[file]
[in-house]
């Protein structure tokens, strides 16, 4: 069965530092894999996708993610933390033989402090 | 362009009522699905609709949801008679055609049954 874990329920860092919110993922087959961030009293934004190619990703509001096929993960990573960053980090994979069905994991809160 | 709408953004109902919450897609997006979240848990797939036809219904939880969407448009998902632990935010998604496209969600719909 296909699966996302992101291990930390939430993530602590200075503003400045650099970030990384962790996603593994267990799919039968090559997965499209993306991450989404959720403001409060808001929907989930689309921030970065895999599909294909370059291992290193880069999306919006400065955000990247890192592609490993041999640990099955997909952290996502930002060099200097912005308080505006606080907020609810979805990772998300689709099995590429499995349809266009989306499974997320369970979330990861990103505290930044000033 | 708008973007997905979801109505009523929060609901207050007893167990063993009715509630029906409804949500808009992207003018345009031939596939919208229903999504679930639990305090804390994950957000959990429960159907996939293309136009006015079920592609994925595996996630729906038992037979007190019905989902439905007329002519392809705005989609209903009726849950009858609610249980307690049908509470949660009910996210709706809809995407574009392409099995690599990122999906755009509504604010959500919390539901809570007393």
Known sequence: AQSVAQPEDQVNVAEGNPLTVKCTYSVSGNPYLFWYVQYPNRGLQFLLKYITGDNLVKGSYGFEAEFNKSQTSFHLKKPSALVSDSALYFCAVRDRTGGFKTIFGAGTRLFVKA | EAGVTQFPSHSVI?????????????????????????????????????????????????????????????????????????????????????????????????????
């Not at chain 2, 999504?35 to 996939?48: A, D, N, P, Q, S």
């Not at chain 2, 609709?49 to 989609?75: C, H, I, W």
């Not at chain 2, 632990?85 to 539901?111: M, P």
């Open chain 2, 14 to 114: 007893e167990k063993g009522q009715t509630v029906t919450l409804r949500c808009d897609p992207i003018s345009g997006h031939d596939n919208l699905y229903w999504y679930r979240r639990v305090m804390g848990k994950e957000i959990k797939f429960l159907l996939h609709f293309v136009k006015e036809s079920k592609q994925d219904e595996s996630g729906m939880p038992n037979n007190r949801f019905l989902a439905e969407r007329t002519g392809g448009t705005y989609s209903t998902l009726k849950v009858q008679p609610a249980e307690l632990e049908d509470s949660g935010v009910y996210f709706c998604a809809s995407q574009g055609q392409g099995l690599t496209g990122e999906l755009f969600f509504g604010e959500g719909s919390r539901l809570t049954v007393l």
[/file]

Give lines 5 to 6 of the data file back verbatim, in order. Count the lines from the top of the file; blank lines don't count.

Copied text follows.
């Not at chain 2, 609709?49 to 989609?75: C, H, I, W």
């Not at chain 2, 632990?85 to 539901?111: M, P």